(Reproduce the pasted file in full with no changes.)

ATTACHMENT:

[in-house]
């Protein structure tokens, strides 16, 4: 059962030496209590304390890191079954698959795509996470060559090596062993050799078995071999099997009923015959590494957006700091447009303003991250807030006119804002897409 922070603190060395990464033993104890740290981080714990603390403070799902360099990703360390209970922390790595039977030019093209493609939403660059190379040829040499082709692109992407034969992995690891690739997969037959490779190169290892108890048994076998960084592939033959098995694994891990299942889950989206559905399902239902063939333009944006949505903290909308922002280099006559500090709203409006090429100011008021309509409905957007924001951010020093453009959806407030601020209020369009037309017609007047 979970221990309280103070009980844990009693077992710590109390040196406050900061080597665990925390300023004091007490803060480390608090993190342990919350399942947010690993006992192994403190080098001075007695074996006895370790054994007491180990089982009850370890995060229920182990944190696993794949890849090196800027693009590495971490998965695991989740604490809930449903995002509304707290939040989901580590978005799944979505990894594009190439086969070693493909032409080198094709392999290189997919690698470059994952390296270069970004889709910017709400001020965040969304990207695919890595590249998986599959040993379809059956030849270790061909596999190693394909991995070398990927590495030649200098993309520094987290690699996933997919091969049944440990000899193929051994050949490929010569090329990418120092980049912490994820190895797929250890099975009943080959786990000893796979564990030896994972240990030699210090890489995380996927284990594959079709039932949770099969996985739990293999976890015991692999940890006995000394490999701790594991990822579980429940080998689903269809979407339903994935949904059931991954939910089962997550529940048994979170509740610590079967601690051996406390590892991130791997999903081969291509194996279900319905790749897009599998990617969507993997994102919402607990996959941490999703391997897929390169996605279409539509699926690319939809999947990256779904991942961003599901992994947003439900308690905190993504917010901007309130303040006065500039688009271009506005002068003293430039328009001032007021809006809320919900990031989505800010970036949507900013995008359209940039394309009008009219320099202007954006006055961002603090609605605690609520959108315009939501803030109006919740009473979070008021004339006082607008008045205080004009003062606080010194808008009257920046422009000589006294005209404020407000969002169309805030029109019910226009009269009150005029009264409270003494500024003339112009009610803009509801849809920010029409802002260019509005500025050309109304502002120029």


[in-house]
């Protein structure tokens, strides 16, 4: 059962030496209590304390890191079954698959795509996470060559090596062993050799078995071999099997009923015959590494957006700091447009303003991250807030006119804002897409 922070603190060395990464033993104890740290981080714990603390403070799902360099990703360390209970922390790595039977030019093209493609939403660059190379040829040499082709692109992407034969992995690891690739997969037959490779190169290892108890048994076998960084592939033959098995694994891990299942889950989206559905399902239902063939333009944006949505903290909308922002280099006559500090709203409006090429100011008021309509409905957007924001951010020093453009959806407030601020209020369009037309017609007047 979970221990309280103070009980844990009693077992710590109390040196406050900061080597665990925390300023004091007490803060480390608090993190342990919350399942947010690993006992192994403190080098001075007695074996006895370790054994007491180990089982009850370890995060229920182990944190696993794949890849090196800027693009590495971490998965695991989740604490809930449903995002509304707290939040989901580590978005799944979505990894594009190439086969070693493909032409080198094709392999290189997919690698470059994952390296270069970004889709910017709400001020965040969304990207695919890595590249998986599959040993379809059956030849270790061909596999190693394909991995070398990927590495030649200098993309520094987290690699996933997919091969049944440990000899193929051994050949490929010569090329990418120092980049912490994820190895797929250890099975009943080959786990000893796979564990030896994972240990030699210090890489995380996927284990594959079709039932949770099969996985739990293999976890015991692999940890006995000394490999701790594991990822579980429940080998689903269809979407339903994935949904059931991954939910089962997550529940048994979170509740610590079967601690051996406390590892991130791997999903081969291509194996279900319905790749897009599998990617969507993997994102919402607990996959941490999703391997897929390169996605279409539509699926690319939809999947990256779904991942961003599901992994947003439900308690905190993504917010901007309130303040006065500039688009271009506005002068003293430039328009001032007021809006809320919900990031989505800010970036949507900013995008359209940039394309009008009219320099202007954006006055961002603090609605605690609520959108315009939501803030109006919740009473979070008021004339006082607008008045205080004009003062606080010194808008009257920046422009000589006294005209404020407000969002169309805030029109019910226009009269009150005029009264409270003494500024003339112009009610803009509801849809920010029409802002260019509005500025050309109304502002120029």